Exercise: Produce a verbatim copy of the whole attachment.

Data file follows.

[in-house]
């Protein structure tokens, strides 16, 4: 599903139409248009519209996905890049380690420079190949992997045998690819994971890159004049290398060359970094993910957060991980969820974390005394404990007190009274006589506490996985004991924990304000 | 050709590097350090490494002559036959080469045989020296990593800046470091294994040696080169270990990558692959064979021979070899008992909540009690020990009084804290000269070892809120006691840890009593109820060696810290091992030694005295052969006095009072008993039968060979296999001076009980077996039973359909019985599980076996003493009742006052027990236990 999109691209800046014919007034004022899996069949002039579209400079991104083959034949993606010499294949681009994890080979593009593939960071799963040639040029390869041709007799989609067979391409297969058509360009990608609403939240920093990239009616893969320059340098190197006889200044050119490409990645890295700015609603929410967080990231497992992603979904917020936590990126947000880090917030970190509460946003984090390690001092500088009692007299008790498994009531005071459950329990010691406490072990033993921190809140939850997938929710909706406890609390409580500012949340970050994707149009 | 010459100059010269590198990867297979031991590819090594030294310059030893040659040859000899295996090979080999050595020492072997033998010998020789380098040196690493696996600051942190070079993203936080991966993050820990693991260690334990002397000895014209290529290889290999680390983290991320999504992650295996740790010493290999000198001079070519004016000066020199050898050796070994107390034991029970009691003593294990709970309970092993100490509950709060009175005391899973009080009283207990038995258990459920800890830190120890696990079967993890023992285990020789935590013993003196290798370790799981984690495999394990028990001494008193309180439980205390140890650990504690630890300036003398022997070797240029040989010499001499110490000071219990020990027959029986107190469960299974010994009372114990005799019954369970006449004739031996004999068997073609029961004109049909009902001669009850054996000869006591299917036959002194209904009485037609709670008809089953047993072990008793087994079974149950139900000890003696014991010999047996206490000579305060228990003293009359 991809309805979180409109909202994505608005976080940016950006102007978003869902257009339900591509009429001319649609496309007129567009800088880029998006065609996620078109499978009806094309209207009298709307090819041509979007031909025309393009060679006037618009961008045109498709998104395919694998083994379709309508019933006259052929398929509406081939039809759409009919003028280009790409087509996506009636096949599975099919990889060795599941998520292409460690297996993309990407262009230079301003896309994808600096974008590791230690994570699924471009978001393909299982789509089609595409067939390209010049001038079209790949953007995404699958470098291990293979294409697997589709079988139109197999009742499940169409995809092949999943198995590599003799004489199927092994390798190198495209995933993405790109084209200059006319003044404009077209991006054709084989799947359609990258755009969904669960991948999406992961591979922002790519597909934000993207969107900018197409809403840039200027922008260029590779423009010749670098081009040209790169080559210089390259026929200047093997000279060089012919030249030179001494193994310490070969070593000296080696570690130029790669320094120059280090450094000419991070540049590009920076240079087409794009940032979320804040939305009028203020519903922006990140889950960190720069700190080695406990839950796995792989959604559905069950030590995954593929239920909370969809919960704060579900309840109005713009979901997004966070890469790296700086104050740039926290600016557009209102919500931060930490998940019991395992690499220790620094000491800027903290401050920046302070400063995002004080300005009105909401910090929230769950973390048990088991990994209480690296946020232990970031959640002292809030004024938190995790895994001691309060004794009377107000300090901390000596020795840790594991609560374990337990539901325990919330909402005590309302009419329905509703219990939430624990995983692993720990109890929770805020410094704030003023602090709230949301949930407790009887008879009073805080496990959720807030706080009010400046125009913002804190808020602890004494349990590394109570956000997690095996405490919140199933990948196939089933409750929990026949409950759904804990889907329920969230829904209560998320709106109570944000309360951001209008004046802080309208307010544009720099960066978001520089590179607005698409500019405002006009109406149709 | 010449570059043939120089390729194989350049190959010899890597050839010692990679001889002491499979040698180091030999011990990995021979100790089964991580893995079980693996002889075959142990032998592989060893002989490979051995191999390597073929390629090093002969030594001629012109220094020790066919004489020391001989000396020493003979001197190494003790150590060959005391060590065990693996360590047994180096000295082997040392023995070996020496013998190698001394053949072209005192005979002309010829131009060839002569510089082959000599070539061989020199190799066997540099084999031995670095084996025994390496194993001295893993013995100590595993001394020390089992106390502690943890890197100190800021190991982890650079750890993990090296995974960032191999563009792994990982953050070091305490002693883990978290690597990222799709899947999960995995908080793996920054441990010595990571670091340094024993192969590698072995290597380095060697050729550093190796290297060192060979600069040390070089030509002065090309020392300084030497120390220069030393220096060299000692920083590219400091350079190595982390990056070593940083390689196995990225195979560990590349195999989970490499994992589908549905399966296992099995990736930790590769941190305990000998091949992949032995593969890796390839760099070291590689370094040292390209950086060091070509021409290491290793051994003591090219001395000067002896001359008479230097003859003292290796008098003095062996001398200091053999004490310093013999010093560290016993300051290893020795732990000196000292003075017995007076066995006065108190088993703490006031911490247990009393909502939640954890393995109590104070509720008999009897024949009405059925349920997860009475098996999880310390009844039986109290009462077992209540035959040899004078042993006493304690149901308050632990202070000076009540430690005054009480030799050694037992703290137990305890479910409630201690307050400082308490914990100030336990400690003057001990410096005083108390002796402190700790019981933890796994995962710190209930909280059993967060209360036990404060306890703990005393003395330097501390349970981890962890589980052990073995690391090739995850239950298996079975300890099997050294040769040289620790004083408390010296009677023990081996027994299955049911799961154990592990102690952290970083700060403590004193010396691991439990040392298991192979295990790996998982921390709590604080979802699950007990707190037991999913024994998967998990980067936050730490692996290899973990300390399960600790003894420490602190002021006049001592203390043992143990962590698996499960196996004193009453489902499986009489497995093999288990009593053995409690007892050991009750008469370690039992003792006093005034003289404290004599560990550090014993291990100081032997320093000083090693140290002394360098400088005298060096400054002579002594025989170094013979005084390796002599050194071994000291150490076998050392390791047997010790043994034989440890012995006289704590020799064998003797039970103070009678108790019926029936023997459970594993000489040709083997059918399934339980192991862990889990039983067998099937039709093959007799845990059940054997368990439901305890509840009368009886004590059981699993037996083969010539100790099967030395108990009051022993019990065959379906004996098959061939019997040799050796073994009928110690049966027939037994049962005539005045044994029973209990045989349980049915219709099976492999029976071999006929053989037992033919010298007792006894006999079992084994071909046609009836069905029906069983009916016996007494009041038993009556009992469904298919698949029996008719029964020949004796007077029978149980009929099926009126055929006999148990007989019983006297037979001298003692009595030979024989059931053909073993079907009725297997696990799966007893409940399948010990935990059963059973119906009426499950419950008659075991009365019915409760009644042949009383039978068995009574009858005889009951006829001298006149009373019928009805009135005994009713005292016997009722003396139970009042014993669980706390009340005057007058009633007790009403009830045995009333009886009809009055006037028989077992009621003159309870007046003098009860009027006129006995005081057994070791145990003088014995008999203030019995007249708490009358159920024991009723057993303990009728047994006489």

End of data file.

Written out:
[in-house]
């Protein structure tokens, strides 16, 4: 599903139409248009519209996905890049380690420079190949992997045998690819994971890159004049290398060359970094993910957060991980969820974390005394404990007190009274006589506490996985004991924990304000 | 050709590097350090490494002559036959080469045989020296990593800046470091294994040696080169270990990558692959064979021979070899008992909540009690020990009084804290000269070892809120006691840890009593109820060696810290091992030694005295052969006095009072008993039968060979296999001076009980077996039973359909019985599980076996003493009742006052027990236990 999109691209800046014919007034004022899996069949002039579209400079991104083959034949993606010499294949681009994890080979593009593939960071799963040639040029390869041709007799989609067979391409297969058509360009990608609403939240920093990239009616893969320059340098190197006889200044050119490409990645890295700015609603929410967080990231497992992603979904917020936590990126947000880090917030970190509460946003984090390690001092500088009692007299008790498994009531005071459950329990010691406490072990033993921190809140939850997938929710909706406890609390409580500012949340970050994707149009 | 010459100059010269590198990867297979031991590819090594030294310059030893040659040859000899295996090979080999050595020492072997033998010998020789380098040196690493696996600051942190070079993203936080991966993050820990693991260690334990002397000895014209290529290889290999680390983290991320999504992650295996740790010493290999000198001079070519004016000066020199050898050796070994107390034991029970009691003593294990709970309970092993100490509950709060009175005391899973009080009283207990038995258990459920800890830190120890696990079967993890023992285990020789935590013993003196290798370790799981984690495999394990028990001494008193309180439980205390140890650990504690630890300036003398022997070797240029040989010499001499110490000071219990020990027959029986107190469960299974010994009372114990005799019954369970006449004739031996004999068997073609029961004109049909009902001669009850054996000869006591299917036959002194209904009485037609709670008809089953047993072990008793087994079974149950139900000890003696014991010999047996206490000579305060228990003293009359 991809309805979180409109909202994505608005976080940016950006102007978003869902257009339900591509009429001319649609496309007129567009800088880029998006065609996620078109499978009806094309209207009298709307090819041509979007031909025309393009060679006037618009961008045109498709998104395919694998083994379709309508019933006259052929398929509406081939039809759409009919003028280009790409087509996506009636096949599975099919990889060795599941998520292409460690297996993309990407262009230079301003896309994808600096974008590791230690994570699924471009978001393909299982789509089609595409067939390209010049001038079209790949953007995404699958470098291990293979294409697997589709079988139109197999009742499940169409995809092949999943198995590599003799004489199927092994390798190198495209995933993405790109084209200059006319003044404009077209991006054709084989799947359609990258755009969904669960991948999406992961591979922002790519597909934000993207969107900018197409809403840039200027922008260029590779423009010749670098081009040209790169080559210089390259026929200047093997000279060089012919030249030179001494193994310490070969070593000296080696570690130029790669320094120059280090450094000419991070540049590009920076240079087409794009940032979320804040939305009028203020519903922006990140889950960190720069700190080695406990839950796995792989959604559905069950030590995954593929239920909370969809919960704060579900309840109005713009979901997004966070890469790296700086104050740039926290600016557009209102919500931060930490998940019991395992690499220790620094000491800027903290401050920046302070400063995002004080300005009105909401910090929230769950973390048990088991990994209480690296946020232990970031959640002292809030004024938190995790895994001691309060004794009377107000300090901390000596020795840790594991609560374990337990539901325990919330909402005590309302009419329905509703219990939430624990995983692993720990109890929770805020410094704030003023602090709230949301949930407790009887008879009073805080496990959720807030706080009010400046125009913002804190808020602890004494349990590394109570956000997690095996405490919140199933990948196939089933409750929990026949409950759904804990889907329920969230829904209560998320709106109570944000309360951001209008004046802080309208307010544009720099960066978001520089590179607005698409500019405002006009109406149709 | 010449570059043939120089390729194989350049190959010899890597050839010692990679001889002491499979040698180091030999011990990995021979100790089964991580893995079980693996002889075959142990032998592989060893002989490979051995191999390597073929390629090093002969030594001629012109220094020790066919004489020391001989000396020493003979001197190494003790150590060959005391060590065990693996360590047994180096000295082997040392023995070996020496013998190698001394053949072209005192005979002309010829131009060839002569510089082959000599070539061989020199190799066997540099084999031995670095084996025994390496194993001295893993013995100590595993001394020390089992106390502690943890890197100190800021190991982890650079750890993990090296995974960032191999563009792994990982953050070091305490002693883990978290690597990222799709899947999960995995908080793996920054441990010595990571670091340094024993192969590698072995290597380095060697050729550093190796290297060192060979600069040390070089030509002065090309020392300084030497120390220069030393220096060299000692920083590219400091350079190595982390990056070593940083390689196995990225195979560990590349195999989970490499994992589908549905399966296992099995990736930790590769941190305990000998091949992949032995593969890796390839760099070291590689370094040292390209950086060091070509021409290491290793051994003591090219001395000067002896001359008479230097003859003292290796008098003095062996001398200091053999004490310093013999010093560290016993300051290893020795732990000196000292003075017995007076066995006065108190088993703490006031911490247990009393909502939640954890393995109590104070509720008999009897024949009405059925349920997860009475098996999880310390009844039986109290009462077992209540035959040899004078042993006493304690149901308050632990202070000076009540430690005054009480030799050694037992703290137990305890479910409630201690307050400082308490914990100030336990400690003057001990410096005083108390002796402190700790019981933890796994995962710190209930909280059993967060209360036990404060306890703990005393003395330097501390349970981890962890589980052990073995690391090739995850239950298996079975300890099997050294040769040289620790004083408390010296009677023990081996027994299955049911799961154990592990102690952290970083700060403590004193010396691991439990040392298991192979295990790996998982921390709590604080979802699950007990707190037991999913024994998967998990980067936050730490692996290899973990300390399960600790003894420490602190002021006049001592203390043992143990962590698996499960196996004193009453489902499986009489497995093999288990009593053995409690007892050991009750008469370690039992003792006093005034003289404290004599560990550090014993291990100081032997320093000083090693140290002394360098400088005298060096400054002579002594025989170094013979005084390796002599050194071994000291150490076998050392390791047997010790043994034989440890012995006289704590020799064998003797039970103070009678108790019926029936023997459970594993000489040709083997059918399934339980192991862990889990039983067998099937039709093959007799845990059940054997368990439901305890509840009368009886004590059981699993037996083969010539100790099967030395108990009051022993019990065959379906004996098959061939019997040799050796073994009928110690049966027939037994049962005539005045044994029973209990045989349980049915219709099976492999029976071999006929053989037992033919010298007792006894006999079992084994071909046609009836069905029906069983009916016996007494009041038993009556009992469904298919698949029996008719029964020949004796007077029978149980009929099926009126055929006999148990007989019983006297037979001298003692009595030979024989059931053909073993079907009725297997696990799966007893409940399948010990935990059963059973119906009426499950419950008659075991009365019915409760009644042949009383039978068995009574009858005889009951006829001298006149009373019928009805009135005994009713005292016997009722003396139970009042014993669980706390009340005057007058009633007790009403009830045995009333009886009809009055006037028989077992009621003159309870007046003098009860009027006129006995005081057994070791145990003088014995008999203030019995007249708490009358159920024991009723057993303990009728047994006489």